There are many powerful attempts to write about dance and its importance in human life. Among the existing variety of authors, it is hard to define which work is the best or the most helpful project. Still, it is always interesting to compare their worth, the authors’ intentions, and their possible impact on readers’ intentions. In this paper, two works from the Age of Romanticism will be discussed: Bournonville’s La Sylphide and Alice’s An Account of the Principles of Our Traditions. On the one hand, it seems that these two writings have nothing in common except the intentions of the authors to make contributions to the field of dance and choose the theme of ballet for discussions. Bournonville’s story is a narrative with several main characters, a setting, and an idea that it is so easy to lose everything in several seconds. On the other hand, a detailed analysis of the articles helps to discover several common and powerful issues about how dance should look like. This paper is developed to describe how the analysis of Bournonville’s and Alice’s articles may improve a personal understanding of the concept of dance and its role in personal experience.
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I believe that both authors under consideration have the same intentions which are to introduce their visions of ballet, to explain the essence and peculiarities of this form of dance, and to prove that it is wrong to come to a certain conclusion after having one or two definitions only. The peculiar feature of the analysis of these two articles at the same time is the possibility to observe the nature of ballet from different perspectives.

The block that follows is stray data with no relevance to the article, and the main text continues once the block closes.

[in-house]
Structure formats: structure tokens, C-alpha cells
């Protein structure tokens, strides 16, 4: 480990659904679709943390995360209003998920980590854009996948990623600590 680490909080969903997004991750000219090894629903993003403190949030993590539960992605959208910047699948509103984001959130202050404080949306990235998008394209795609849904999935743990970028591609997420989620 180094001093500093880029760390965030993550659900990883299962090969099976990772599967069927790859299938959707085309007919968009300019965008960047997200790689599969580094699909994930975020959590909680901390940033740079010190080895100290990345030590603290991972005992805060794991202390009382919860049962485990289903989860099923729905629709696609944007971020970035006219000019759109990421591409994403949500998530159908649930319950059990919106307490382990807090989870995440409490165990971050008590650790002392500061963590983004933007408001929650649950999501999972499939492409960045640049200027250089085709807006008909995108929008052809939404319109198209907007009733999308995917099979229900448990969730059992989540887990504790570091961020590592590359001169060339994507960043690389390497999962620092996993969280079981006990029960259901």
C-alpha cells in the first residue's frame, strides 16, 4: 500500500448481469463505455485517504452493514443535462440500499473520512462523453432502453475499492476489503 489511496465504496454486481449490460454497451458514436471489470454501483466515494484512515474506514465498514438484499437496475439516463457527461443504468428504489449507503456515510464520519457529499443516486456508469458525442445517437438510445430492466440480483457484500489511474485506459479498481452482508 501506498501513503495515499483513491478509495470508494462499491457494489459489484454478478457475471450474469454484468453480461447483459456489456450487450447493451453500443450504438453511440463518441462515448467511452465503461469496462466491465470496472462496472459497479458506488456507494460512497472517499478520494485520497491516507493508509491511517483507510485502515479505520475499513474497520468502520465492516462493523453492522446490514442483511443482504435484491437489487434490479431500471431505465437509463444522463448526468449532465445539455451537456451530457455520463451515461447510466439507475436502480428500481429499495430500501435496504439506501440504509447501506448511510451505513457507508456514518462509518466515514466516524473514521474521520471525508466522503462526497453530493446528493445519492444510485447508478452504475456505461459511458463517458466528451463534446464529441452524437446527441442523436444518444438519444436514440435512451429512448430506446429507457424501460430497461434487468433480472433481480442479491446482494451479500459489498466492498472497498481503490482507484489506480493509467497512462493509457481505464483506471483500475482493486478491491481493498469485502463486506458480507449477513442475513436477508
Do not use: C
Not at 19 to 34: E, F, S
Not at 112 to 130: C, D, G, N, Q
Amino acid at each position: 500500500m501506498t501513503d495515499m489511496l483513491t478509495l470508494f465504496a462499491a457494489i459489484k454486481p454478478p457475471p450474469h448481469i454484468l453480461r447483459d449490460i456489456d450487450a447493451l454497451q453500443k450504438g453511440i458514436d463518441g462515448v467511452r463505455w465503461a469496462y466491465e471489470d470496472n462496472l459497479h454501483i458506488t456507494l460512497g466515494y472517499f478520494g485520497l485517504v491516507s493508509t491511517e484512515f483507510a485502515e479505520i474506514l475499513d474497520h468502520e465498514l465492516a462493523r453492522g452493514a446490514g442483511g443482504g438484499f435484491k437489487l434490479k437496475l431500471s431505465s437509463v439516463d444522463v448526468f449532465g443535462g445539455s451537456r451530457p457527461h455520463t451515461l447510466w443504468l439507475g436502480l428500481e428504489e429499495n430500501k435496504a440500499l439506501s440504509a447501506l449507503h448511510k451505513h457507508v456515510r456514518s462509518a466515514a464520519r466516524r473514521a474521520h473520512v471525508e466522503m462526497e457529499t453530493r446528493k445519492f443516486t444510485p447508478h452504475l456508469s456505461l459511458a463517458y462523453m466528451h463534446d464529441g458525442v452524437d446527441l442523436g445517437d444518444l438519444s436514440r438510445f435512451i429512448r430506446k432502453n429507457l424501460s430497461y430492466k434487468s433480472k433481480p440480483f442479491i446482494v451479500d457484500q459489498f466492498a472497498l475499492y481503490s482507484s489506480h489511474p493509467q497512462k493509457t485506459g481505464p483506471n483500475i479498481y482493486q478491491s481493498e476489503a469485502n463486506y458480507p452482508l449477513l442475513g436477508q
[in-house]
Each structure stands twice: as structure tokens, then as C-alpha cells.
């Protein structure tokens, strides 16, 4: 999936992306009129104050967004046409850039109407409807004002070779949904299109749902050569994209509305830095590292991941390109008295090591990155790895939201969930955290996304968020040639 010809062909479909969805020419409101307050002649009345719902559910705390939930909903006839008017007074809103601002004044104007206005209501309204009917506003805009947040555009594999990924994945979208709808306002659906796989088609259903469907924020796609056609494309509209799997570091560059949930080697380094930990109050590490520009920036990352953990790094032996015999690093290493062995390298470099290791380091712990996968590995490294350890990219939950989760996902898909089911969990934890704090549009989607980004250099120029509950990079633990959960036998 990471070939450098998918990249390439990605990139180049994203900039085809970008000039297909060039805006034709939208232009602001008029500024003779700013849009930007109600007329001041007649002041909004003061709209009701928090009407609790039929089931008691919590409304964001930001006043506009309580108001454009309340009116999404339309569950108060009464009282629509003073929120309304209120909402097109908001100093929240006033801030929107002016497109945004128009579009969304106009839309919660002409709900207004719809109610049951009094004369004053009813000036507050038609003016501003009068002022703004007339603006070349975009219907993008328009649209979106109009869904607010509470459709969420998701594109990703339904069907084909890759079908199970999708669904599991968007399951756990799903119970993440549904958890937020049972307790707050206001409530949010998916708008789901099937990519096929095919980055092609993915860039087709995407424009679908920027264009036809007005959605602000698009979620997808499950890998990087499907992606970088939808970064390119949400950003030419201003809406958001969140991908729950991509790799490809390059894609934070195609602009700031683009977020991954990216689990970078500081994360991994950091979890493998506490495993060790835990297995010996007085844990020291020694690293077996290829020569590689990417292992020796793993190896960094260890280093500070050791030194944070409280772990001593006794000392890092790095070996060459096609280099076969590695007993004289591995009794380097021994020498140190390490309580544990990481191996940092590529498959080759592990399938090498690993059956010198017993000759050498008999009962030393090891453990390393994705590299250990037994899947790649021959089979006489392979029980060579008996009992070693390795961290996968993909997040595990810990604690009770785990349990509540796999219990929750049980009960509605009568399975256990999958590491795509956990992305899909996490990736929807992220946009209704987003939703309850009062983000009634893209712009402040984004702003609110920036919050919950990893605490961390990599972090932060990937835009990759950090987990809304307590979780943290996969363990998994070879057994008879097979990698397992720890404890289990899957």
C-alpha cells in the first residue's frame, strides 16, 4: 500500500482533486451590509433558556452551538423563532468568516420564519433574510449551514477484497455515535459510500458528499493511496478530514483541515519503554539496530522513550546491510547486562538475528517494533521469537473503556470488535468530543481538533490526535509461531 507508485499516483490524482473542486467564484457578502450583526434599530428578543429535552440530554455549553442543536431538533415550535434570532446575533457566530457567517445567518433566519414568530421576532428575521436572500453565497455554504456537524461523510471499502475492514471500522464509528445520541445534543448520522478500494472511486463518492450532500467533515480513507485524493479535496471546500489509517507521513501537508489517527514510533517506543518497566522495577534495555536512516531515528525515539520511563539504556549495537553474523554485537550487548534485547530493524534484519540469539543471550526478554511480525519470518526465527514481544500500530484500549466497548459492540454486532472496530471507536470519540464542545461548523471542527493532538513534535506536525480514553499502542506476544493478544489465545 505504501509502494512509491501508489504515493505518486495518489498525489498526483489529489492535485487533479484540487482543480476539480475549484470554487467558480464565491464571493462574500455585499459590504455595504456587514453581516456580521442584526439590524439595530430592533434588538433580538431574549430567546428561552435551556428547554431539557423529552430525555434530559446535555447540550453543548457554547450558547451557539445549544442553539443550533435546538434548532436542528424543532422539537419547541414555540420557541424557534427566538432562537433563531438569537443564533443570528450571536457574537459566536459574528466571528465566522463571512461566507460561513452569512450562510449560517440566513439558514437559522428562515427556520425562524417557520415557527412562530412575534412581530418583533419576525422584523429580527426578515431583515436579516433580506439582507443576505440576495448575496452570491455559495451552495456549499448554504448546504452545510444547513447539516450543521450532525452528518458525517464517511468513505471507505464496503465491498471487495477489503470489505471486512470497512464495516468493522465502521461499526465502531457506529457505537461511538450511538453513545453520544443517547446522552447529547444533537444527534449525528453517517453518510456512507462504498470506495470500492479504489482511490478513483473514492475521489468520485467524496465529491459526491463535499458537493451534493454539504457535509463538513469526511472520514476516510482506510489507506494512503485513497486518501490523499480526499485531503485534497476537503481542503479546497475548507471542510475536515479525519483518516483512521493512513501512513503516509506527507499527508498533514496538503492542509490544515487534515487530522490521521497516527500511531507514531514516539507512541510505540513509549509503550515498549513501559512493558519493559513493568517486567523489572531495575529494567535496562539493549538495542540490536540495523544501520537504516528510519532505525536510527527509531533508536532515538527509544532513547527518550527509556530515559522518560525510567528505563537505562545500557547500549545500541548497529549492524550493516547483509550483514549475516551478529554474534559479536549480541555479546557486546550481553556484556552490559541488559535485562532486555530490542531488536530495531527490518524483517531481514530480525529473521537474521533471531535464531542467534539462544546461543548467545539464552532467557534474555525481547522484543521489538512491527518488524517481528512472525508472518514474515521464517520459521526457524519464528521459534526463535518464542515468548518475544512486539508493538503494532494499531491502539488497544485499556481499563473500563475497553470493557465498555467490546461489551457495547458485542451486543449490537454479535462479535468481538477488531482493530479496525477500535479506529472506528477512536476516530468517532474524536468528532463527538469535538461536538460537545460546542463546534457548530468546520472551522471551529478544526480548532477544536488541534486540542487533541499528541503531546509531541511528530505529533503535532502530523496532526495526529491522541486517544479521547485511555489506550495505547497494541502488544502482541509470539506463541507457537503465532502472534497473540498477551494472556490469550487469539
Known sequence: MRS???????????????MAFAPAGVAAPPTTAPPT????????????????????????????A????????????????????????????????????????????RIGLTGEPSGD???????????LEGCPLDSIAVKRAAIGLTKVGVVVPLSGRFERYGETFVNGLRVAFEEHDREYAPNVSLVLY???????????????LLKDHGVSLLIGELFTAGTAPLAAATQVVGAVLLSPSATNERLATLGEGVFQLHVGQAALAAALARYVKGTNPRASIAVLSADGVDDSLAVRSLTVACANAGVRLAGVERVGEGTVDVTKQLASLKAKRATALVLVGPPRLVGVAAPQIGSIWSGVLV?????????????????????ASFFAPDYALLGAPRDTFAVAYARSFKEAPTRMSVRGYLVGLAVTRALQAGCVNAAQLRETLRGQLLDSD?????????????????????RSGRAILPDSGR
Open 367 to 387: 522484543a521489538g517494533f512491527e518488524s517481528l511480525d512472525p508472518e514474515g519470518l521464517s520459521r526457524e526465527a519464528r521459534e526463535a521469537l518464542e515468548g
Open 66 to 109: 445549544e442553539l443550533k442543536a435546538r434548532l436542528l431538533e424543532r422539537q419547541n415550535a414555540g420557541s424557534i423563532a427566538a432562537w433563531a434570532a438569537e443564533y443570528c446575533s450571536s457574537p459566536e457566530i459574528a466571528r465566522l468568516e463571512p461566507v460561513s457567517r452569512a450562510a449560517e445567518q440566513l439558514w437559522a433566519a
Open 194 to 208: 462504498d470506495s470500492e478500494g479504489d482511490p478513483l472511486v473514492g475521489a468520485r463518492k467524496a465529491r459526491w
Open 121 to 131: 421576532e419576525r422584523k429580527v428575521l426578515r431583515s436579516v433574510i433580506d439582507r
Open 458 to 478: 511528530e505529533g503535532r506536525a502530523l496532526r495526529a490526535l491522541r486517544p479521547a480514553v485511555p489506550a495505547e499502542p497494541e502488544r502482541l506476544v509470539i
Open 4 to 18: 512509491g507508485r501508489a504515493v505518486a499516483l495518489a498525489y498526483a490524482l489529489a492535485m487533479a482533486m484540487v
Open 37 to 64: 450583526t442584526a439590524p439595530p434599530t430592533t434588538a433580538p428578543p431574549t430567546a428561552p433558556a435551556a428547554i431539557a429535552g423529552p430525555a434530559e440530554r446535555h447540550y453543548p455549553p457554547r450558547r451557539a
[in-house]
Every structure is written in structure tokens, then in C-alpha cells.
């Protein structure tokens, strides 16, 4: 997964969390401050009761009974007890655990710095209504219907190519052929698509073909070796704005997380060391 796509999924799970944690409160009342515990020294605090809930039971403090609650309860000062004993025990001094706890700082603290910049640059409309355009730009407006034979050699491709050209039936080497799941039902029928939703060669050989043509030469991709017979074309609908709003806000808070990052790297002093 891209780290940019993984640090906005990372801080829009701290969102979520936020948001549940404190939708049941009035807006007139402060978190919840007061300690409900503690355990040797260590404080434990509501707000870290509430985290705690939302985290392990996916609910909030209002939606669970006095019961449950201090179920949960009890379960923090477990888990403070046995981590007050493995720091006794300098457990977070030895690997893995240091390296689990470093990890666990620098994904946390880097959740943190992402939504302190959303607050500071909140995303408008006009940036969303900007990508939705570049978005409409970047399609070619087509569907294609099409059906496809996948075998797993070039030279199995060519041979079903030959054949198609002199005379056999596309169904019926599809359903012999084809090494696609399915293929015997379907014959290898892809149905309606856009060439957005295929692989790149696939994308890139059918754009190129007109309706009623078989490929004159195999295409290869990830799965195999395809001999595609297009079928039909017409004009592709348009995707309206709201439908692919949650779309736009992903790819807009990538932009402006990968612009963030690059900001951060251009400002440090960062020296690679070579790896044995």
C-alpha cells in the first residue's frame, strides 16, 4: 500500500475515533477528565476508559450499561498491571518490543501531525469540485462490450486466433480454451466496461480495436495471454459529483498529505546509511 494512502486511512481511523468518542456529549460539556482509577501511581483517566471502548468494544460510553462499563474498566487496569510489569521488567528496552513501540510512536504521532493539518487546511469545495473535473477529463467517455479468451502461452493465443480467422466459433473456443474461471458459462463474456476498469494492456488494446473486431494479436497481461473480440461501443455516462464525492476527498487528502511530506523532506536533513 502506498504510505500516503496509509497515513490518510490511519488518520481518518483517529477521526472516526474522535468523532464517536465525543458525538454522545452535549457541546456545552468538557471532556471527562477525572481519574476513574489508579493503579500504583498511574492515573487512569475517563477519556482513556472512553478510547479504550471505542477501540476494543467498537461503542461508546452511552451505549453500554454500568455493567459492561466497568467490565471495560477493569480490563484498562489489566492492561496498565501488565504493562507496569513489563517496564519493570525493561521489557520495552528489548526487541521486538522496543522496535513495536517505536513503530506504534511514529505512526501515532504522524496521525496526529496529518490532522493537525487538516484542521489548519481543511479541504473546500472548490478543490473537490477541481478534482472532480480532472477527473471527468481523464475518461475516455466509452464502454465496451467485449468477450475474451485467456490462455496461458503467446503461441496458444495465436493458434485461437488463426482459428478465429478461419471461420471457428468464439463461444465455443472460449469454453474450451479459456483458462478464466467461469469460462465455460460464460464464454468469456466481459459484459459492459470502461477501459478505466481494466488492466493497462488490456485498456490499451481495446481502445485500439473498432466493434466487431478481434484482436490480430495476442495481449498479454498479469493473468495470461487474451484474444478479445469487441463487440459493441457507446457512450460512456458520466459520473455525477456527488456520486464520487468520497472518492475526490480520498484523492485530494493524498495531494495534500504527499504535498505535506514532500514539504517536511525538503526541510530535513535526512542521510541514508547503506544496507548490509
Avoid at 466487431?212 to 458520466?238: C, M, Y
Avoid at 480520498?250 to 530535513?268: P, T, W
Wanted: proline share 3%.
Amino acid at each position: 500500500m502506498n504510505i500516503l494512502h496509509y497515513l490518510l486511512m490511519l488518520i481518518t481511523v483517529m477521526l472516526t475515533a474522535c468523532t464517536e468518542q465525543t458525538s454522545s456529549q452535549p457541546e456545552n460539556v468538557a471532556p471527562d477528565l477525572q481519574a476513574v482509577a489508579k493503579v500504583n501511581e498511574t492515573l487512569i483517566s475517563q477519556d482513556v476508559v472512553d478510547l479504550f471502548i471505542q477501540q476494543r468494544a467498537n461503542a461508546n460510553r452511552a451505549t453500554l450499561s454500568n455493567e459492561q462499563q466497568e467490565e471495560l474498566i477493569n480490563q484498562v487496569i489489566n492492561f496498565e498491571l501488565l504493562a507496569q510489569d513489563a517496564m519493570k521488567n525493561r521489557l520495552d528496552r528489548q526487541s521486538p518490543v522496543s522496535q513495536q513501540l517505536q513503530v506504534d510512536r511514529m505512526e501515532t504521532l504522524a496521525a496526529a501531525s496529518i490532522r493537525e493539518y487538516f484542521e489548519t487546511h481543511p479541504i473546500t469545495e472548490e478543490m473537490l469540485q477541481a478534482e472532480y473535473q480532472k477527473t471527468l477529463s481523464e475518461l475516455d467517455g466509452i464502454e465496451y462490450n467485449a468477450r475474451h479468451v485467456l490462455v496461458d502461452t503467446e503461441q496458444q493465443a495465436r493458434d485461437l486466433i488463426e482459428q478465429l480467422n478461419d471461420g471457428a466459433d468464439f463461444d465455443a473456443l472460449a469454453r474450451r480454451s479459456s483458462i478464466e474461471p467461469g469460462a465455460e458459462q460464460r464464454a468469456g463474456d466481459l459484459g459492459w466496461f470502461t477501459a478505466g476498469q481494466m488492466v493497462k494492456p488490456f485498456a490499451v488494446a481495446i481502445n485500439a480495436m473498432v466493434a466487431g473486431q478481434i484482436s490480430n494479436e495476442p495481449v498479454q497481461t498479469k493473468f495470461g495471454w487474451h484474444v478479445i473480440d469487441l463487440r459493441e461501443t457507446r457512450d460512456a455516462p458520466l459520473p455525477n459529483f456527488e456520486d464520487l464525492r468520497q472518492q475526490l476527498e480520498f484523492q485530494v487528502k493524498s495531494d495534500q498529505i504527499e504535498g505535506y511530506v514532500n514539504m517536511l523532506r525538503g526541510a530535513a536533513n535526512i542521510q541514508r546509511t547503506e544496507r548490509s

Advice explains ballet as a combination of rules which cannot be neglected by those involved in ballet. The goal of Advice is to describe a ballet class that is based on the Blasis’ lesson and explain how to use energy and enthusiasm by every dancer. From the very first lines, several terms and explanations may be observed: petits and grand battements, attitudes, ronds de jambe sur terr and en l’air. The presence of such words and the necessity to comprehend each of them may intimidate the reader and create the image of ballet as something too strict, definite, and full of rules and instructions. Still, this is one of the best approaches for people to understand the basics of ballet. They are crucial in case a person wants to achieve the results, which are perfectly described by Bournonville.
In La Sylphide, ballet turns out to be the manner of speaking and acting. Bournonville introduces ballet as a powerful narration with its beginning and ending. There are no complicated terms or rules for people. La Sylphide is the story of life translated with the help of ballet. In those several pages of narration, no character said a word, but the reader is lucky to observe an interesting and educative story. Human actions and movements are what matter, and ballet, like nothing else, discovers the beauty of human decisions and life.
In general, Alice’s and Bournonville’s articles influence my understanding of dance and ballet, in particular, considerably. They provide me with a guide on how several rules and too complicated terms turn into a powerful story on stage. These articles show me the way how people should learn dance concepts and forms. It is wrong to believe that dance is a story with a captivating plot and movements. Dance is a whole theory with rules and obligations, and people should not neglect the fact that a person could hardly observe the beauty of dance without grasping certain theories and norms.